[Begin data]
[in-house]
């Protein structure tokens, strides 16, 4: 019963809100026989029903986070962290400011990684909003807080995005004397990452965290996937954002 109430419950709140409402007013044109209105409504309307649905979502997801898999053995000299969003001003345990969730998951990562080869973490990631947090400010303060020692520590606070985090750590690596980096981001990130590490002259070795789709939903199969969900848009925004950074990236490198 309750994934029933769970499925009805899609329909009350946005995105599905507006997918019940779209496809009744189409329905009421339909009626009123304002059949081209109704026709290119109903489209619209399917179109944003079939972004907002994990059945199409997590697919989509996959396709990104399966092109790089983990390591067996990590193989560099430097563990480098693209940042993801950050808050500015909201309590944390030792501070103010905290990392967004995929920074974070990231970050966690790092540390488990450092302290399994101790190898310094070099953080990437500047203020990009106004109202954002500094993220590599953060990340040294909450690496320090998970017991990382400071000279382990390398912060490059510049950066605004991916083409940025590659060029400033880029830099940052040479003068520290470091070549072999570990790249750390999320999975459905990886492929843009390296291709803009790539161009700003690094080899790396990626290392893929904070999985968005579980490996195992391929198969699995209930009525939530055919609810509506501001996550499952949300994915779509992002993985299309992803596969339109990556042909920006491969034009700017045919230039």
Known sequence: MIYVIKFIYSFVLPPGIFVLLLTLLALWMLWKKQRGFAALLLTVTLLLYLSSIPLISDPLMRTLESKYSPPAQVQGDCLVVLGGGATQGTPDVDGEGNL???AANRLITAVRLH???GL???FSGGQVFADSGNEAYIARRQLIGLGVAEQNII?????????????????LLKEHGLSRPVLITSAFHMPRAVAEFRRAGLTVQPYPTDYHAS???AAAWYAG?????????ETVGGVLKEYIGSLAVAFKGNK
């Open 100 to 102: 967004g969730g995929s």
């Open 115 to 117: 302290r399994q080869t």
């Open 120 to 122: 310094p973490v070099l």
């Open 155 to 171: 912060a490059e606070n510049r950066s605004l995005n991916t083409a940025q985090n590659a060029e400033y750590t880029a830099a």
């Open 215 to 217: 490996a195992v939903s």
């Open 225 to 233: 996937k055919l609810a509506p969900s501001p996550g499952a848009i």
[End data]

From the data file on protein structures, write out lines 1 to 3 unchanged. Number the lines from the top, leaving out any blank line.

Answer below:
[in-house]
């Protein structure tokens, strides 16, 4: 019963809100026989029903986070962290400011990684909003807080995005004397990452965290996937954002 109430419950709140409402007013044109209105409504309307649905979502997801898999053995000299969003001003345990969730998951990562080869973490990631947090400010303060020692520590606070985090750590690596980096981001990130590490002259070795789709939903199969969900848009925004950074990236490198 309750994934029933769970499925009805899609329909009350946005995105599905507006997918019940779209496809009744189409329905009421339909009626009123304002059949081209109704026709290119109903489209619209399917179109944003079939972004907002994990059945199409997590697919989509996959396709990104399966092109790089983990390591067996990590193989560099430097563990480098693209940042993801950050808050500015909201309590944390030792501070103010905290990392967004995929920074974070990231970050966690790092540390488990450092302290399994101790190898310094070099953080990437500047203020990009106004109202954002500094993220590599953060990340040294909450690496320090998970017991990382400071000279382990390398912060490059510049950066605004991916083409940025590659060029400033880029830099940052040479003068520290470091070549072999570990790249750390999320999975459905990886492929843009390296291709803009790539161009700003690094080899790396990626290392893929904070999985968005579980490996195992391929198969699995209930009525939530055919609810509506501001996550499952949300994915779509992002993985299309992803596969339109990556042909920006491969034009700017045919230039």
Known sequence: MIYVIKFIYSFVLPPGIFVLLLTLLALWMLWKKQRGFAALLLTVTLLLYLSSIPLISDPLMRTLESKYSPPAQVQGDCLVVLGGGATQGTPDVDGEGNL???AANRLITAVRLH???GL???FSGGQVFADSGNEAYIARRQLIGLGVAEQNII?????????????????LLKEHGLSRPVLITSAFHMPRAVAEFRRAGLTVQPYPTDYHAS???AAAWYAG?????????ETVGGVLKEYIGSLAVAFKGNK